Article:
Posts Tagged ‘ Android ’


Outlook Web App goes native on Android

Written by admin
June 14th, 2014

Preview requires KitKat and an off-premises Exchange mailbox

Microsoft on Wednesday released a preview version of Outlook Web App (OWA) for Google’s Android, fulfilling a promise made in March.

OWA for Android is a “native” app that reprises the in-browser OWA that corporate workers have long used on devices that don’t support the full-fledged Outlook client or have that software installed.

The Android app — like the iOS cousins Microsoft shipped in July 2013 — offers the same functionality as OWA in a browser, letting users access email, calendars and contacts housed on a company’s off-premises Exchange server.

According to Microsoft, the beta of OWA for Android requires a smartphone with a “small” or “normal” screen as defined by Google; Android 4.4, aka “KitKat” or later; and an Office 365 mailbox.

Android tablets are not supported.
Rather than defining screen sizes in inches, Google uses “dp,” for “density-independent pixels,” but does give a rough conversion of the latter to the former: Small or normal screens are those up to about 5-in. The Samsung Galaxy S5, which sports a 5.1-in. display, can run OWA, for example.

The KitKat requirement could also be a problem, since that version is currently on only about 14% of all Android smartphones. Microsoft said that it would be adding support for other devices as the preview progressed, and even provided a place where users can vote for models that cannot yet run the app.

As it has with other mobile variations of Office, Microsoft dangled OWA as a carrot to entice customers into subscribing to Office 365, the rent-not-own plans introduced in 2013. Only customers with active business-grade Office 365 accounts can use OWA on an Android device, even though the app itself is free to download.

More important is the requirement of Exchange Online, the off-premises, hosted Exchange service included with virtually every non-consumer Office 365 plan. Businesses that still run their own on-premise Exchange servers are out of luck, as they’ve been since OWA’s iOS debut almost a year ago. Microsoft has long promised that OWA will be officially supported from on-premises Exchange servers, but has yet to pull the trigger or even announce anything.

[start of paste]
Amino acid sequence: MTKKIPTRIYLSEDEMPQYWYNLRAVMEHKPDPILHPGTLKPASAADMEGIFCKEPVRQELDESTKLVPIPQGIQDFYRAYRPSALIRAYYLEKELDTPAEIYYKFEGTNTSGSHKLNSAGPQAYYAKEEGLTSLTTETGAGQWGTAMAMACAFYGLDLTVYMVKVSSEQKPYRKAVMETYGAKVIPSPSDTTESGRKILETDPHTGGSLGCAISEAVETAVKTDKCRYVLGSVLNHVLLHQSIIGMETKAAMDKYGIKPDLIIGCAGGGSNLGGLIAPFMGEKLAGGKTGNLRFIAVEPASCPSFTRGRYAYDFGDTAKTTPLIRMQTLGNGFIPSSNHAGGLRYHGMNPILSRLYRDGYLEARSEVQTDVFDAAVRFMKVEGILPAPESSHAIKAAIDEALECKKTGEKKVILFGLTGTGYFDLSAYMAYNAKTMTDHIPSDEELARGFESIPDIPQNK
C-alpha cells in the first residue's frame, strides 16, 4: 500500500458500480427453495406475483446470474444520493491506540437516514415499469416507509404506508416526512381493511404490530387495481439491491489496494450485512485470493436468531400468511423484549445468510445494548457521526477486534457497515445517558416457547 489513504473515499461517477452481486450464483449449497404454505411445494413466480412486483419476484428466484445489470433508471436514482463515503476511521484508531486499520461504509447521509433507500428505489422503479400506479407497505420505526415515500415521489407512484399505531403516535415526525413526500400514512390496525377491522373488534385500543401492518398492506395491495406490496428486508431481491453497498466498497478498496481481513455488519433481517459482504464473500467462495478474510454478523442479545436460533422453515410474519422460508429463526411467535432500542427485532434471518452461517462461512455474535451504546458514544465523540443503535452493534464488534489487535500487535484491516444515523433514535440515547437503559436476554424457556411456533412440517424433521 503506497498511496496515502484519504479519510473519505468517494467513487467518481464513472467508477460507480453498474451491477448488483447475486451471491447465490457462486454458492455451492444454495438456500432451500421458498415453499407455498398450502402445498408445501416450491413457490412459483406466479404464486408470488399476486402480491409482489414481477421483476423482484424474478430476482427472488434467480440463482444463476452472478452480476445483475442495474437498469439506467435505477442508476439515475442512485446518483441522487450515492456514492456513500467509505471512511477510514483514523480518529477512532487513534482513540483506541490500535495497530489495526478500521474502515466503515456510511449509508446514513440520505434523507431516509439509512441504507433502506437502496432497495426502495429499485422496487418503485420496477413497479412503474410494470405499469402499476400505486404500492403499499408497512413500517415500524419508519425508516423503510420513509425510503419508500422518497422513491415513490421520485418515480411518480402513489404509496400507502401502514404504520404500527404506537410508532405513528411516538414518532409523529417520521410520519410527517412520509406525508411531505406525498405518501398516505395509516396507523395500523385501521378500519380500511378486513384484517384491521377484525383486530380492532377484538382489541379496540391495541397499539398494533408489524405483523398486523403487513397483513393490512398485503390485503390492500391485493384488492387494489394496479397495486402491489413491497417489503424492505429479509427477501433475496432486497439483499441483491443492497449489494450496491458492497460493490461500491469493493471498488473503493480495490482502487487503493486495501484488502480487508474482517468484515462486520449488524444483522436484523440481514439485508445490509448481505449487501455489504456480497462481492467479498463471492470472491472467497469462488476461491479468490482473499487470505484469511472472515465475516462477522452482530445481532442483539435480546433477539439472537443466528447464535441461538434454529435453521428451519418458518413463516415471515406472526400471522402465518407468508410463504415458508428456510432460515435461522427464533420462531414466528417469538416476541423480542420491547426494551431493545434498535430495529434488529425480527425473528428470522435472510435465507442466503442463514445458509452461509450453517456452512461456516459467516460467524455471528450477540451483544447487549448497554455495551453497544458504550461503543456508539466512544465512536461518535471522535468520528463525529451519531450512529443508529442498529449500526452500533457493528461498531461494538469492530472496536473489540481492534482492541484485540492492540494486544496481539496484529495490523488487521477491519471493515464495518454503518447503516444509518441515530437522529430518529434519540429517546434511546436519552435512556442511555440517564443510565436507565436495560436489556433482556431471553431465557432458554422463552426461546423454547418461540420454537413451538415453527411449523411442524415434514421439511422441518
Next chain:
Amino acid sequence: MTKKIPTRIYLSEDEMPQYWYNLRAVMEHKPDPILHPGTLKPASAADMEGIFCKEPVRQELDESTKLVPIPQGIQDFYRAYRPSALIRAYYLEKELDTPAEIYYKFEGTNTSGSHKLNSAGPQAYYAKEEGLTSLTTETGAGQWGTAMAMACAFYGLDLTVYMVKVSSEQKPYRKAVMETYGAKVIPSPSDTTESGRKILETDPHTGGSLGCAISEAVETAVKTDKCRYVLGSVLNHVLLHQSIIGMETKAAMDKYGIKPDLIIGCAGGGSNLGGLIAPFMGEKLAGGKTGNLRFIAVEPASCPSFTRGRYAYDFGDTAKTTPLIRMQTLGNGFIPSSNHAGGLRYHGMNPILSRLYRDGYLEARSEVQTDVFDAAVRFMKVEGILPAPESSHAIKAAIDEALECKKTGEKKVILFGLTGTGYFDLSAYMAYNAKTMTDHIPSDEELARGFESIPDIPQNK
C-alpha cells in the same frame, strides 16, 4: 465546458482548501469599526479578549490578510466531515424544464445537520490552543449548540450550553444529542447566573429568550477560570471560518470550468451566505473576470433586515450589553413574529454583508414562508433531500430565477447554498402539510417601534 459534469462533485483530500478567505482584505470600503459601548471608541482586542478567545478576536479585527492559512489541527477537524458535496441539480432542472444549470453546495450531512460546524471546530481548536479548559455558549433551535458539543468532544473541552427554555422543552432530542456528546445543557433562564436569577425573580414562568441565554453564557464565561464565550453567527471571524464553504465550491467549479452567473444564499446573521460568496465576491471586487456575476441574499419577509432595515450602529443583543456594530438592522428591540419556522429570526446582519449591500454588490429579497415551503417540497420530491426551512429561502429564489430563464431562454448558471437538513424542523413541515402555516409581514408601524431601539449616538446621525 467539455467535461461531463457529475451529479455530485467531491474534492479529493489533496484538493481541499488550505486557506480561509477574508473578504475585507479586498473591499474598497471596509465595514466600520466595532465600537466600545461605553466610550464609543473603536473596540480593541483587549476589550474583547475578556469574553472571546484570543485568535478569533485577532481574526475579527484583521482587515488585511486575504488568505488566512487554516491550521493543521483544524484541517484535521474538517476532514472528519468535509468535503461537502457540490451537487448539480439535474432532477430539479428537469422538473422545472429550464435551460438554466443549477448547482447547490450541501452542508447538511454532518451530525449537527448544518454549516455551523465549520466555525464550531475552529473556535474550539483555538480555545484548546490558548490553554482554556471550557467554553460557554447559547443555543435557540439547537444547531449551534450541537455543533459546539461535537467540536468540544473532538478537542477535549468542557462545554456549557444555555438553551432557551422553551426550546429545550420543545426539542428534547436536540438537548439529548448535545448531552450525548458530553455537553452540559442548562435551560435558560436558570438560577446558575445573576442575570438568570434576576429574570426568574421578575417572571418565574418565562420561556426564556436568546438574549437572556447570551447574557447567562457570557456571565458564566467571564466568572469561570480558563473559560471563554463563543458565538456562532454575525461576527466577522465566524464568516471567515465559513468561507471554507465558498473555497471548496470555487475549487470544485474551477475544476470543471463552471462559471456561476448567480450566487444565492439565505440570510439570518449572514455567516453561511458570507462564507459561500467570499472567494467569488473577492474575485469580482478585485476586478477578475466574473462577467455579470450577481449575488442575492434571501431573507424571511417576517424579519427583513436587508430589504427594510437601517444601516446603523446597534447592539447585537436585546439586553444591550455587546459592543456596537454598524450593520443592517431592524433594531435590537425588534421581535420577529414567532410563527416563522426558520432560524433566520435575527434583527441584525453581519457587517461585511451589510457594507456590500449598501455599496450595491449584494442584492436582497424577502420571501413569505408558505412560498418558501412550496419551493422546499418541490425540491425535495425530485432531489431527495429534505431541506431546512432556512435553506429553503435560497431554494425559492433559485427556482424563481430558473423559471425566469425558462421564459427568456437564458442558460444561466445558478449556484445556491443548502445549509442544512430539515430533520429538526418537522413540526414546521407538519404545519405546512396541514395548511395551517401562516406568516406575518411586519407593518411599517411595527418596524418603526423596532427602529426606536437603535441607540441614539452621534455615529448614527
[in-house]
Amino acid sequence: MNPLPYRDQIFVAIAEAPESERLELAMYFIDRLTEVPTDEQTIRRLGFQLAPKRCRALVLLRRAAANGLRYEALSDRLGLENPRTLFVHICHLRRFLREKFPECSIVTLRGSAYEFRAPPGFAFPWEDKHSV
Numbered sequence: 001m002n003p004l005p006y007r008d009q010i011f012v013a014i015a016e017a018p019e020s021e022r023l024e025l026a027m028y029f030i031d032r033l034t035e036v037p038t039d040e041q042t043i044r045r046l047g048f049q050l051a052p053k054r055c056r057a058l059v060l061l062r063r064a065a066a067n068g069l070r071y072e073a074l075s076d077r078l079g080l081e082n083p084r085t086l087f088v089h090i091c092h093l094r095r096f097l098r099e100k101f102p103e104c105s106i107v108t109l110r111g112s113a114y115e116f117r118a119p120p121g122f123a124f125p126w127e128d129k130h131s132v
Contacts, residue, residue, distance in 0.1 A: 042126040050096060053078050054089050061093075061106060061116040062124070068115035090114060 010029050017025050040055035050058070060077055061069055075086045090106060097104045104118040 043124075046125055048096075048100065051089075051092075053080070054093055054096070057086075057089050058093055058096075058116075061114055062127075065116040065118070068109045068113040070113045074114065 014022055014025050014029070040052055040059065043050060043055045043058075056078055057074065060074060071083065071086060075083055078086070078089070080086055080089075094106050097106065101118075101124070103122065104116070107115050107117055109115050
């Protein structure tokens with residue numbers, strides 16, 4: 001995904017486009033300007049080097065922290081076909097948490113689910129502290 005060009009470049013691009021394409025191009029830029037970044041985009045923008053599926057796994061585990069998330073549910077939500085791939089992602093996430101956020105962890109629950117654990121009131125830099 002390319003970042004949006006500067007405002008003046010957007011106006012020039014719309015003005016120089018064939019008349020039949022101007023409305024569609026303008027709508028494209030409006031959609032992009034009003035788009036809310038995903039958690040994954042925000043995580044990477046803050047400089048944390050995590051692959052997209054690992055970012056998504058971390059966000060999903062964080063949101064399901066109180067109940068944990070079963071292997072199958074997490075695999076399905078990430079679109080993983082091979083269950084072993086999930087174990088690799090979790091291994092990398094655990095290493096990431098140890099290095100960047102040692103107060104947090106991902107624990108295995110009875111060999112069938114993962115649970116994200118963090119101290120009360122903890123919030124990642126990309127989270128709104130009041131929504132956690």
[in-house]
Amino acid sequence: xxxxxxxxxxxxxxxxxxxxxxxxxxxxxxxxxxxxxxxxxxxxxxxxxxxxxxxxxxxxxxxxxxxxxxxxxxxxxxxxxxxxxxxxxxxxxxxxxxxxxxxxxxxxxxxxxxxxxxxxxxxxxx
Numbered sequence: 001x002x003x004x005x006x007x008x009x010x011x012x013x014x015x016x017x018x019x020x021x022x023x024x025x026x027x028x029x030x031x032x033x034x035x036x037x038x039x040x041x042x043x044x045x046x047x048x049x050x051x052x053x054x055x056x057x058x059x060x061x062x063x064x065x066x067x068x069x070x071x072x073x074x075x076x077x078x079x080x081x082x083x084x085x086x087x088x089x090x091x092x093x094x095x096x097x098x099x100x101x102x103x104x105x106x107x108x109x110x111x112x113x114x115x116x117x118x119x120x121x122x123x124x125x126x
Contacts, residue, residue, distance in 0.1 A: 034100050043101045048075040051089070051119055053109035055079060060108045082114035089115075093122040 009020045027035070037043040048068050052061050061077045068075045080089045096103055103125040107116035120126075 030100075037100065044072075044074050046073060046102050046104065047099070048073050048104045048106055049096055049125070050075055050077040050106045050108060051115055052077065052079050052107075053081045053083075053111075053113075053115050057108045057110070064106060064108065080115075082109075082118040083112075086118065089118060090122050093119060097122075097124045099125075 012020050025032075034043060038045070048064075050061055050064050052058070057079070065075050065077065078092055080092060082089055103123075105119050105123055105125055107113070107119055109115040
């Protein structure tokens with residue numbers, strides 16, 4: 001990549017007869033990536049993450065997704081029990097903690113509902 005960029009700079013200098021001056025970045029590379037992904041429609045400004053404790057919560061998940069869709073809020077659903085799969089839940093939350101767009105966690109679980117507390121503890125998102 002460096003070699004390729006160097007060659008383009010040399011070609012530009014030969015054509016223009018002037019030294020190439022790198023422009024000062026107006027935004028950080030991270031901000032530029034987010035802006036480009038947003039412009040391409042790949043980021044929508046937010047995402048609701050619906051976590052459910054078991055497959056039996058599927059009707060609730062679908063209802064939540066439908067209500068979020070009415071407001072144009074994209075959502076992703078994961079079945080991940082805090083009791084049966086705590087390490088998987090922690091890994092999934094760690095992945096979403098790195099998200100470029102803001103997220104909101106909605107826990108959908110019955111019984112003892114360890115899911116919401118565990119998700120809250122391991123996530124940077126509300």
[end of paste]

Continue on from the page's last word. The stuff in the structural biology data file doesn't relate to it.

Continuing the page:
Because it targets corporate workers, OWA for Android will not work for customers who have subscribed to the consumer-grade Office 365 plans — Home, at $100 annually, or Personal, which costs $70 a year — nor with Outlook.com, the browser-based consumer email service that Microsoft operates.

Early reviews of OWA for Android were not kind. On Google Play, the app scored 2.1 out of a possible 5 stars, with many users reporting that OWA refused to let them log into their Office 365 accounts, while others dinged it for being sluggish or looking too un-Android.

OWA for Android

OWA for Android is a native app that replicates the access to Exchange-based mail, contacts and calendars (shown here) previously available only through a browser. (Image: Microsoft.)

Still others took Microsoft to task for the off-premises Exchange requirement. “Not everyone uses Office 365!!!” said Adam Bohn, who apparently was entranced by exclamation marks. “It’s ridiculous that this app is exclusively for Office 365. Many organizations host their own Exchange servers and use Outlook 2013. There is absolutely no reason this app should be exclusive to Office 365!!!”

Microsoft replied to Bohn’s comment — and others of similar ilk — in the Reviews section of Google Play. “For this pre-release we’re focused on making this app great for Office 365 mailboxes,” a company representative countered. “We do not have any news to share at this time regarding our plans for on-premises Exchange.”

Some scoffed at Microsoft’s vagueness. “By the sounds of … Microsoft’s response it will be a very cold day when they offer this to work with on-premise Exchange servers,” groused Nicholas Goss.


 


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The Taiwanese PC maker is bringing its Padfone device to the US late this year

PC maker Asus is taking the Windows-Android hybrid concept to another level with a convertible laptop that can switch between the two OSes with the

The Asus Transformer Book Duet TD300 comes as a 13.3-inch notebook with a detachable keyboard, which when removed turns the device into a tablet. But unlike other PC convertibles, the new Asus product can switch between the Windows and Android OSes in either tablet or laptop mode.

By pressing an “OS Switch” button located on the screen, the product will alternate to the other operating system in five seconds. The device itself runs Intel’s fourth-generation Haswell chip, and will arrive in late March with a starting price of US$599.

At the International CES show on Monday, the Taiwanese PC maker also announced that it would finally bring its Padfone product to the U.S., in a partnership with AT&T. The new model, called the Padfone X, is another hybrid that can turn from a smartphone into a tablet.

+ ALSO ON NETWORK WORLD Best of CES 2014: In Pictures | A complete list of stories from CES 2014 +

Like the previous models, it works as an Android smartphone that can be docked inside a tablet when snapped inside. The handset portion of the Padfone X comes as a 5-inch smartphone with a 2300mAh battery, while the tablet has a 9-inch screen.

The Padfone X will arrive in the U.S. midyear, use the latest Qualcomm processor and support 4G LTE.